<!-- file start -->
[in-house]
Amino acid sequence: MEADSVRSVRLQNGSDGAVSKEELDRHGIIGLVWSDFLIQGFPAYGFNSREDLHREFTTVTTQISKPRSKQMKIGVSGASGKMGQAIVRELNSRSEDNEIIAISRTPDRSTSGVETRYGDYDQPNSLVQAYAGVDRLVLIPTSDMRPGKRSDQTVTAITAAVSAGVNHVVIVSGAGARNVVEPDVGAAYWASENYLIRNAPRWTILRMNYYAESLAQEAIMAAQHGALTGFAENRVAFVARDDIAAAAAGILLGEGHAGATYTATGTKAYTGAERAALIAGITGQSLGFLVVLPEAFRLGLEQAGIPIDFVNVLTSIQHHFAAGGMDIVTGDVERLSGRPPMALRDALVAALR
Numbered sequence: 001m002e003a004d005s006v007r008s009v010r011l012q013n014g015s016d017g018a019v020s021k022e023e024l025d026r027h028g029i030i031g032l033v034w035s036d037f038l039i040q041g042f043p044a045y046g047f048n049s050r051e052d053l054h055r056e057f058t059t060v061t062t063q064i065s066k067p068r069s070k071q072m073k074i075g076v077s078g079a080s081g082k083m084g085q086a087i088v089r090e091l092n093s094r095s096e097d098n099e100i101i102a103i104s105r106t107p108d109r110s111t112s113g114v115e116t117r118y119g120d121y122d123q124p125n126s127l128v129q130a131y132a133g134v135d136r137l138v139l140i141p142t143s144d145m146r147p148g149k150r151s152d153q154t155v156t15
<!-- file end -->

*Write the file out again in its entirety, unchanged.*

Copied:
[in-house]
Amino acid sequence: MEADSVRSVRLQNGSDGAVSKEELDRHGIIGLVWSDFLIQGFPAYGFNSREDLHREFTTVTTQISKPRSKQMKIGVSGASGKMGQAIVRELNSRSEDNEIIAISRTPDRSTSGVETRYGDYDQPNSLVQAYAGVDRLVLIPTSDMRPGKRSDQTVTAITAAVSAGVNHVVIVSGAGARNVVEPDVGAAYWASENYLIRNAPRWTILRMNYYAESLAQEAIMAAQHGALTGFAENRVAFVARDDIAAAAAGILLGEGHAGATYTATGTKAYTGAERAALIAGITGQSLGFLVVLPEAFRLGLEQAGIPIDFVNVLTSIQHHFAAGGMDIVTGDVERLSGRPPMALRDALVAALR
Numbered sequence: 001m002e003a004d005s006v007r008s009v010r011l012q013n014g015s016d017g018a019v020s021k022e023e024l025d026r027h028g029i030i031g032l033v034w035s036d037f038l039i040q041g042f043p044a045y046g047f048n049s050r051e052d053l054h055r056e057f058t059t060v061t062t063q064i065s066k067p068r069s070k071q072m073k074i075g076v077s078g079a080s081g082k083m084g085q086a087i088v089r090e091l092n093s094r095s096e097d098n099e100i101i102a103i104s105r106t107p108d109r110s111t112s113g114v115e116t117r118y119g120d121y122d123q124p125n126s127l128v129q130a131y132a133g134v135d136r137l138v139l140i141p142t143s144d145m146r147p148g149k150r151s152d153q154t155v156t15